With ammunition being in short supply at most stores, you want to sight in your rifle with the least amount of shots possible.
Over the years, I’ve tried adjusting rifle scopes with a trial and error method where I would shoot and then make “guesstimate” changes with the reticles and then shoot again. Sometimes it would take close to a box of shells before I felt I was on target.
It can be expensive, and the recoil can be hard on the shooter’s shoulder.
A few years ago, however, I discovered that you can actually sight in a brand-new scope with just two or three shots.
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Through the power of YouTube, you can learn how to do almost anything better than you originally thought. One of those things includes tips on shooting better. There are several videos out there that help hunters make sure their guns are ready for the first day of deer season.
Let me preface that the two-shot technique for sighting in a gun has four key components that are required if you want to save ammo.
First, you need to have a solid bench and vise to hold your gun in place.
Second, you, as the shooter, need to be calm and able to follow through on your shot. If you wiggle or flinch at the pull of your trigger, you will need to shoot more shells to accomplish a bullseye.
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Third, it really helps if you have a buddy along who can assist you.
Fourth, your target needs to be at a distance where you will be able to see your bullet holes through your scope. Usually 50 or 100 yards is fine for most rifle scopes that go up to 9 or 12 power.
How the process works is that you shoot one shot right at the bullseye. If your scope is hitting the mark, you’re golden and very fortunate.
If you see your bullet is off the mark, there’s an easy way to rein it in.
While having the gun still pointed on the bullseye on your vise or rest, ask your buddy to move the reticle adjustments while you watch through the scope. Again, the key is for the rifle to remain in a fixed position. Only the reticles of the scope move during this process.
Advise your buddy to turn the scope adjustments in the direction to the bullet hole. Keep in mind the arrow directions on the scope may be opposite of what you are telling your assistant to go. If so, just say “the other way.”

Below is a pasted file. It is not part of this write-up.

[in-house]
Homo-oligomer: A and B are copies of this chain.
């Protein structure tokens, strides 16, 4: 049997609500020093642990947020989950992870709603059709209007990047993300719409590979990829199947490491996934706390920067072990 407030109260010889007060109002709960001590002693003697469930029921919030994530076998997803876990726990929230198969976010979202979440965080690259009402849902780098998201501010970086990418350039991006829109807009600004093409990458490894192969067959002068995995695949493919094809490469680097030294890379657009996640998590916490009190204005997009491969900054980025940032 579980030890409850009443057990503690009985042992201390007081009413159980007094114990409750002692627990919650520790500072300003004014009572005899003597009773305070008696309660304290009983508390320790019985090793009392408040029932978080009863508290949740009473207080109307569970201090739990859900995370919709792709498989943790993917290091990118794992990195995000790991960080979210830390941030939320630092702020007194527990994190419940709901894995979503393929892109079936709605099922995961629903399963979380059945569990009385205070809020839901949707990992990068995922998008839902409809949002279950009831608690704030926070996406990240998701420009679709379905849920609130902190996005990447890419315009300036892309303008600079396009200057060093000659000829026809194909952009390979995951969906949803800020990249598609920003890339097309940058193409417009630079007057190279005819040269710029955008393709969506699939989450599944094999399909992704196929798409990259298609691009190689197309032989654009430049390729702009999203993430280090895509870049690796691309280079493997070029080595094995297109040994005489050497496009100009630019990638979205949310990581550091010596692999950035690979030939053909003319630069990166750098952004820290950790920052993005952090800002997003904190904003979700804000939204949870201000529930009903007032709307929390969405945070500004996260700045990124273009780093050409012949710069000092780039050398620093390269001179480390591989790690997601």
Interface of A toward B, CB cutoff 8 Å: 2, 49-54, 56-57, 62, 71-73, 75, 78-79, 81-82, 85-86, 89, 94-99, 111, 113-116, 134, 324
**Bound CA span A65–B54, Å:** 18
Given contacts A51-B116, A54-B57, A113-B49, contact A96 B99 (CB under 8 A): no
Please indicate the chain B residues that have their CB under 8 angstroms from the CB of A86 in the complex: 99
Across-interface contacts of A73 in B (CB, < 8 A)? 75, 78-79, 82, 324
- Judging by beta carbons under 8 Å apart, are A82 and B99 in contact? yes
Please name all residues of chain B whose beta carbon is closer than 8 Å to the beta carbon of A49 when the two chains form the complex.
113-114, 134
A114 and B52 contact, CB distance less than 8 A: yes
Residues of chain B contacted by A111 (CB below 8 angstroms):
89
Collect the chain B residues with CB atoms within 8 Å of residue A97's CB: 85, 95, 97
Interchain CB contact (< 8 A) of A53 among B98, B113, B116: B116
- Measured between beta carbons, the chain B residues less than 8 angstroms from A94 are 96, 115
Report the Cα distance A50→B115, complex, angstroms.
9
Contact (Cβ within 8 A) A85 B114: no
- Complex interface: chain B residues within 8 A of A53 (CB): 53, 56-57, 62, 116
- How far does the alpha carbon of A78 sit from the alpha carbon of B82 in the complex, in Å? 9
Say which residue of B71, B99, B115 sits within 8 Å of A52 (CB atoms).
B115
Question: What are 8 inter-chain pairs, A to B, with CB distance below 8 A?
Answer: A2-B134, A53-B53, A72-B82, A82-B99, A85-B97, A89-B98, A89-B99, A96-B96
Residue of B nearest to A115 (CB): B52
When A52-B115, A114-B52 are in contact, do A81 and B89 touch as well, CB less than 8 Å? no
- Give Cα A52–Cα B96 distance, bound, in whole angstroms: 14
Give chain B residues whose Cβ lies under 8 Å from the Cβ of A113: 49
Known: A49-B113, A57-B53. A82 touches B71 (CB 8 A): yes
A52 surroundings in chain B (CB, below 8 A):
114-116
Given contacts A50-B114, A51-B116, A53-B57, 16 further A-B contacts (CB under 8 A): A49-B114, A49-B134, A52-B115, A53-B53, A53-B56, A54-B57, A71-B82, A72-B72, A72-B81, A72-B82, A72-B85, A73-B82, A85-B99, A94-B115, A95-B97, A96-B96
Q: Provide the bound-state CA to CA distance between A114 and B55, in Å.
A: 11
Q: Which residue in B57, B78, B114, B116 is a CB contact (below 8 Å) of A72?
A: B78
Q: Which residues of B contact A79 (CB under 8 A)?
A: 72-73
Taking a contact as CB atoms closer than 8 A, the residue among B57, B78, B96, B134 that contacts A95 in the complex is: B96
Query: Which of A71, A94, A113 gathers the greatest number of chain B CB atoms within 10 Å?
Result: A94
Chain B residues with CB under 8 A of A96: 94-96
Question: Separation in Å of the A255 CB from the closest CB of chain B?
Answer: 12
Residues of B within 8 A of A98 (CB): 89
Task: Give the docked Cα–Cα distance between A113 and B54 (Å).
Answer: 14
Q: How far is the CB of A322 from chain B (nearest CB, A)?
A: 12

Once the scope is now pointed at the bullet hole, you are ready to fire a second shot. Realize the gun never moved — only the scope’s adjustments advanced to go to the point of the first bullet’s impact.
If everything was held steady and you have a good follow-through, your second bullet should be on target. I like to shoot at least a third shot to make sure the second shot wasn’t a fluke.
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I’ve attached a good video from the National Shooting Sports Foundation to the online version of this story that provides a quick two-minute overview of this process. There are several others on YouTube as well about this technique.
Hopefully this advice will save some of your highly valuable rifle shells for game instead of target adjustments this year.
Good luck — and here’s to hoping the rifle shell inventory gets back to normal sooner than later.
Brian Whipkey is the outdoor columnist for USA Today Network sites in Pennsylvania. Contact him at firstname.lastname@example.org and sign up for our weekly Outdoors Newsletter email on your website's homepage under your login name.
This article originally appeared on Erie Times-News: Sight-in your hunting rifle's scope with 2 shots for deer season